Tim: Now that i’ve spent time living in the suburbs, helping to raise a two year old, y’all city folk have no fucking clue how great you’ve got it.

Nikki: I think of it similar to how I think about college. There’s a time and age for it to be glorious but no one wants to hang out with that 7th year senior. Luckily, NYC is so multifaceted that you can still have an exciting life here but it doesn’t have to be just what the twentysomethings are doing (thank god).

Jared: New York City is a garbage fire.

See the whole season of Commuters right now on IFC’s Comedy Crib.

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C'mon Fellas

A Man Mansplains To Men

Why Baroness von Sketch Show is a must-see.

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Mansplaining is when a man takes it upon himself to explain something to a woman that she already knows. It happens a lot, but it’s not going to happen here. Ladies, go ahead and skip to the end of this post to watch a free episode of IFC’s latest addition, Baroness von Sketch Show.

However, if you’re a man, you might actually benefit from a good mansplanation. So take a knee, lean in, and absorb the following wisdom.

No Dicks

Baroness von Sketch Show is made entirely by women, therefore this show isn’t focused on men. Can you believe it? I know what you’re thinking: how will we know when to laugh if the jokes aren’t viewed through the dusty lens of the patriarchy? Where are the thinly veiled penis jokes? Am I a bad person? In order: you will, nowhere, and yes.

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Huge Balls

Did you know that there’s more to life than poop jokes, sex jokes, body part jokes? I mean, those things are all really good things, natch, and totally edgy. But Baroness von Sketch Show does something even edgier. It holds up a brutal funhouse mirror to our everyday life. This is a bulls**t world we made, fellas.

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Oh Canada

After you watch the Canadian powerhouses of Baroness von Sketch Show and think to yourself “Dear god, this is so real” and “I’ve gotta talk about this,” do yourself a favor and think a-boot your options: Refrain from sharing your sage wisdom with any woman anywhere (believe us, she gets it). Instead, tell a fellow bro and get the mansplaining out of your system while also spreading the word about a great show.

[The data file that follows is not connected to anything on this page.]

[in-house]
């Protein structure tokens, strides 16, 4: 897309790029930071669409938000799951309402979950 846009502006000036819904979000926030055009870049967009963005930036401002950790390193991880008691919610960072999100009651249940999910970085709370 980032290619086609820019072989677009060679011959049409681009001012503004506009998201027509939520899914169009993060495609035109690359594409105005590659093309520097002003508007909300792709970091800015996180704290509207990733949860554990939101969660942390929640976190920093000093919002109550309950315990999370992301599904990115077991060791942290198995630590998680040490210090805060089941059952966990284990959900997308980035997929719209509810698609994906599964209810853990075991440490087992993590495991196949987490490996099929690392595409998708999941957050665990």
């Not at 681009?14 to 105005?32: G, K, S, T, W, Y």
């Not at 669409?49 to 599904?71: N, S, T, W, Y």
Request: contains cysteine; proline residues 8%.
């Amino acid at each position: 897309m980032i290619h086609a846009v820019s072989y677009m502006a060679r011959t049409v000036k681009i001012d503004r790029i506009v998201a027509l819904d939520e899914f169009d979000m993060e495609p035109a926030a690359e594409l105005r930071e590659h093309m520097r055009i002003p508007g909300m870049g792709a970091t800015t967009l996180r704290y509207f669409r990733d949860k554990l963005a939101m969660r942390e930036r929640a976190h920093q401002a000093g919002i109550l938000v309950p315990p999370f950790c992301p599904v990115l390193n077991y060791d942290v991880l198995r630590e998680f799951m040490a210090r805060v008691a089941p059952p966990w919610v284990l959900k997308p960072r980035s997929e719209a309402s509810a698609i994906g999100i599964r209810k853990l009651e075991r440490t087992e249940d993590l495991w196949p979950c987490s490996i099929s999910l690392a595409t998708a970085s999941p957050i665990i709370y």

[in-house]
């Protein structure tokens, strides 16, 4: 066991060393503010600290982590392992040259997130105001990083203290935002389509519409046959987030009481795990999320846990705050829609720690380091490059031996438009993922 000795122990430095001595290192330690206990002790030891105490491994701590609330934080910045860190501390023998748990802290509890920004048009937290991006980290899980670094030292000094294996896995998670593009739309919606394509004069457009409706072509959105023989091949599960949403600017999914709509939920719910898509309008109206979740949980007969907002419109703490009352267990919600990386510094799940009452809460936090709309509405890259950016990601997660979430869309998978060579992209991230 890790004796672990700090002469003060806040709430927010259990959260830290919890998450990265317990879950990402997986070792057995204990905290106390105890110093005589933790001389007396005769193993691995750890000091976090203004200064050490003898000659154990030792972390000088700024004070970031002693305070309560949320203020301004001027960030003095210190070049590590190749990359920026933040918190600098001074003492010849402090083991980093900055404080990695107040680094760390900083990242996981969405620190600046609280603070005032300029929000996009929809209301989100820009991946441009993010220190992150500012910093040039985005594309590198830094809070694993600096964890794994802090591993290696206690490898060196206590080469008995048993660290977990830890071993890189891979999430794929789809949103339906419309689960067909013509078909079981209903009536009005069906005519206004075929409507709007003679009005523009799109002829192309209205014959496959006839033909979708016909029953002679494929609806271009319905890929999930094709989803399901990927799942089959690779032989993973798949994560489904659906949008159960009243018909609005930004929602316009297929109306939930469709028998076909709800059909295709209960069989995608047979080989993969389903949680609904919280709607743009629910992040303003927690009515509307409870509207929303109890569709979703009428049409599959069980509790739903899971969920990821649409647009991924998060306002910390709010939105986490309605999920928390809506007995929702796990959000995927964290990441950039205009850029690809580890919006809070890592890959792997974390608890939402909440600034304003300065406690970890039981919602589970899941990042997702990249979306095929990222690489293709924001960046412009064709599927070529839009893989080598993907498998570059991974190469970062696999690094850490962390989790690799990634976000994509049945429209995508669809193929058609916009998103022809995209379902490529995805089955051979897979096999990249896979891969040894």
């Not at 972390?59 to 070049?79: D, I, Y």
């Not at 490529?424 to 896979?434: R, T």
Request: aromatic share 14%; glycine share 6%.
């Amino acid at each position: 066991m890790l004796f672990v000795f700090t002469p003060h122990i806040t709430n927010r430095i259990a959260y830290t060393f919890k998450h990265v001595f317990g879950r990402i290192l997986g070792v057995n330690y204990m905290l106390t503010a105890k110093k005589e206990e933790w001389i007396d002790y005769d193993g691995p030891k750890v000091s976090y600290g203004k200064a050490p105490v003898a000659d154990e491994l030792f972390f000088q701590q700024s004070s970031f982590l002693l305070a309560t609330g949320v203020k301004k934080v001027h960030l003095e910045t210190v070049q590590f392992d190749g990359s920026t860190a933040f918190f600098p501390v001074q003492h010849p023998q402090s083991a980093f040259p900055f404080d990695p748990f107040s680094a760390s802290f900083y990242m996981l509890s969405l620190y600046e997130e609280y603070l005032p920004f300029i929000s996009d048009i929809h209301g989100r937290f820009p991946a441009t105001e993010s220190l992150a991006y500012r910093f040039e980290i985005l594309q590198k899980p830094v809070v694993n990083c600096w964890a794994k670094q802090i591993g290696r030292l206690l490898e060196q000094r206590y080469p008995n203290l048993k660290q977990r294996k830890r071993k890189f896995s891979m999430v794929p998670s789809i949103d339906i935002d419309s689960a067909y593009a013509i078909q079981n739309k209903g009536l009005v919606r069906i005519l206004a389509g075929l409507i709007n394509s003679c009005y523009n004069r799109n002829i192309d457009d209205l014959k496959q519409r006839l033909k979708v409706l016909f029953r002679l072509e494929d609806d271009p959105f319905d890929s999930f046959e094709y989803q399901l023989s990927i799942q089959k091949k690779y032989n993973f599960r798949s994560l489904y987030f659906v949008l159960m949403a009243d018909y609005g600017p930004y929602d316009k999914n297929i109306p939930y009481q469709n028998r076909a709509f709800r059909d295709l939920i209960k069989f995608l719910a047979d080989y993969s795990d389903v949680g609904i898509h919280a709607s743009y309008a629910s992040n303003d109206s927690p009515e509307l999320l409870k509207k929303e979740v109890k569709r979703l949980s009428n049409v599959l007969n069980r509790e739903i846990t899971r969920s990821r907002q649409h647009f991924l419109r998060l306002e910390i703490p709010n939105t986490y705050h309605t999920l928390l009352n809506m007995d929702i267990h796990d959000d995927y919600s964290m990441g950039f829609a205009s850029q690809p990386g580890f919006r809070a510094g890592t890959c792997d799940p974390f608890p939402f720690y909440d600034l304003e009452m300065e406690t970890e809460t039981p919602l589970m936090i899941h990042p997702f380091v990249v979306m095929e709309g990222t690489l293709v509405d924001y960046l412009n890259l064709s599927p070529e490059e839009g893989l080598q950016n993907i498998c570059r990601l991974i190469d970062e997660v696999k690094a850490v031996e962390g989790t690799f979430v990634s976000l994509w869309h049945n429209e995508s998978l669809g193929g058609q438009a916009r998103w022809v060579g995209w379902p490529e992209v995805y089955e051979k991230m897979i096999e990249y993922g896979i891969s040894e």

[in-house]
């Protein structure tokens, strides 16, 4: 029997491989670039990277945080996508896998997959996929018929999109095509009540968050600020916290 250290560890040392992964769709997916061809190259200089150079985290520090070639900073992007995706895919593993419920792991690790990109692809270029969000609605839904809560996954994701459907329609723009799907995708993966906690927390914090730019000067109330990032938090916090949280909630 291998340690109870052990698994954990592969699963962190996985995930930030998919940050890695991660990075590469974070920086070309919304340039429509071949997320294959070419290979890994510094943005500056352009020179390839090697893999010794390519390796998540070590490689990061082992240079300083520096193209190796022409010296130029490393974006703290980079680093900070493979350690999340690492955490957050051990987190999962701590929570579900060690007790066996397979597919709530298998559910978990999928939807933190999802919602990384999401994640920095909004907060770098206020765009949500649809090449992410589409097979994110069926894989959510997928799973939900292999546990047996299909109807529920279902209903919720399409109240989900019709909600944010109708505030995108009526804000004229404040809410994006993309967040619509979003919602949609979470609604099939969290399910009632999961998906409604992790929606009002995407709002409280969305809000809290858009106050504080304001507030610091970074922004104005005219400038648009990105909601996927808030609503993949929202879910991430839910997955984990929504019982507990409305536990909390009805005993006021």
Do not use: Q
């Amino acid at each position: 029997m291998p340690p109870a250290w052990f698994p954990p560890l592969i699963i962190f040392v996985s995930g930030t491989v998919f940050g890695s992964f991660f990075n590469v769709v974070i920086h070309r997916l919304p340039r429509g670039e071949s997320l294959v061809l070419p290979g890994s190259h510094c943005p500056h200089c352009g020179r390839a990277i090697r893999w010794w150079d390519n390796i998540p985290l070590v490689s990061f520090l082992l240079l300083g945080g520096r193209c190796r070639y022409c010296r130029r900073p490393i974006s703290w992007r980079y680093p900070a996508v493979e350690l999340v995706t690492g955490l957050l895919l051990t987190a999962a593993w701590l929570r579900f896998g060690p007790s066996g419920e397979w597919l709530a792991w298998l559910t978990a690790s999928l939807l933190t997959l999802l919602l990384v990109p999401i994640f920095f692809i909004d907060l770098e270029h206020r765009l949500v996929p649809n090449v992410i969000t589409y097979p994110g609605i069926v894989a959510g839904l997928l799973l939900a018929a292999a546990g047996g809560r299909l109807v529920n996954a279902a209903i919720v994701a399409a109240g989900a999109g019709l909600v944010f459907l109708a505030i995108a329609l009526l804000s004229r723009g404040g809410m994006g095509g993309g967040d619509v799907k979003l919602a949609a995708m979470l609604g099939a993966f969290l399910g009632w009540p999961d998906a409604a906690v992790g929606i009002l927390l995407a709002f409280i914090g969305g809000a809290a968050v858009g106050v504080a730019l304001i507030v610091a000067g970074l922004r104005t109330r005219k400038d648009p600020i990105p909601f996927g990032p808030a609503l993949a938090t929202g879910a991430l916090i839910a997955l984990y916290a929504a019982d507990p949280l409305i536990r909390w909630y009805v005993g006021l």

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Dudes, that’s the deal.
Women, start reading again here:


Check out the preview episode of Baroness von Sketch Show and watch the series premiere August 2 on IFC.

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Happy Tears

Binge Don’t Cringe

Catch up on episodes of Documentary Now! and Portlandia.

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Photo Credit: GIFs via GIPHY

A brain can only take so much.

Every five minutes, all day, every day, ludicrously stressful headlines push our mental limits as we struggle to adapt to a reality that seems increasingly less real. What’s a mind to do when simple denial just isn’t good enough anymore?

Radical suggestion: repeal and replace. And by that we mean take all the bad news that keeps you up at night, press pause, and substitute it with some genuine (not nervous, for a change) laughter. Here are some of the issues on our mind.

Gender Inequality

Feminist bookstore owners by day, still feminist bookstore owners by night, Toni and Candace show the male gaze who’s boss. Learn about their origin story (SPOILER: there’s an epic dance battle) and see what happens when their own brand of empowerment gets out of hand.

Healthcare

From Candace’s heart attack to the rise of the rawvolution, this Portlandia episode proves that healthcare is vital.

Peaceful Protests

Too many online petitions, too little time? Get WOKE with Fred and Carrie when they learn how to protest.

What Could Have Been

Can’t say the name “Clinton” without bursting into tears? Documentary Now!’s masterfully political “The Bunker” sheds a cozy new light on the house that Bill and Hill built. Just pretend you don’t know how the story really ends.

Fake News

A healthy way to break the high-drama news cycle is to switch over to “Dronez”, which has all the thrills of ubiquitous adventure journalism without any of the customary depression.

The more you watch, the better you feel. So get started on past episodes of Documentary Now! and Portlandia right now at IFC.com and the IFC app.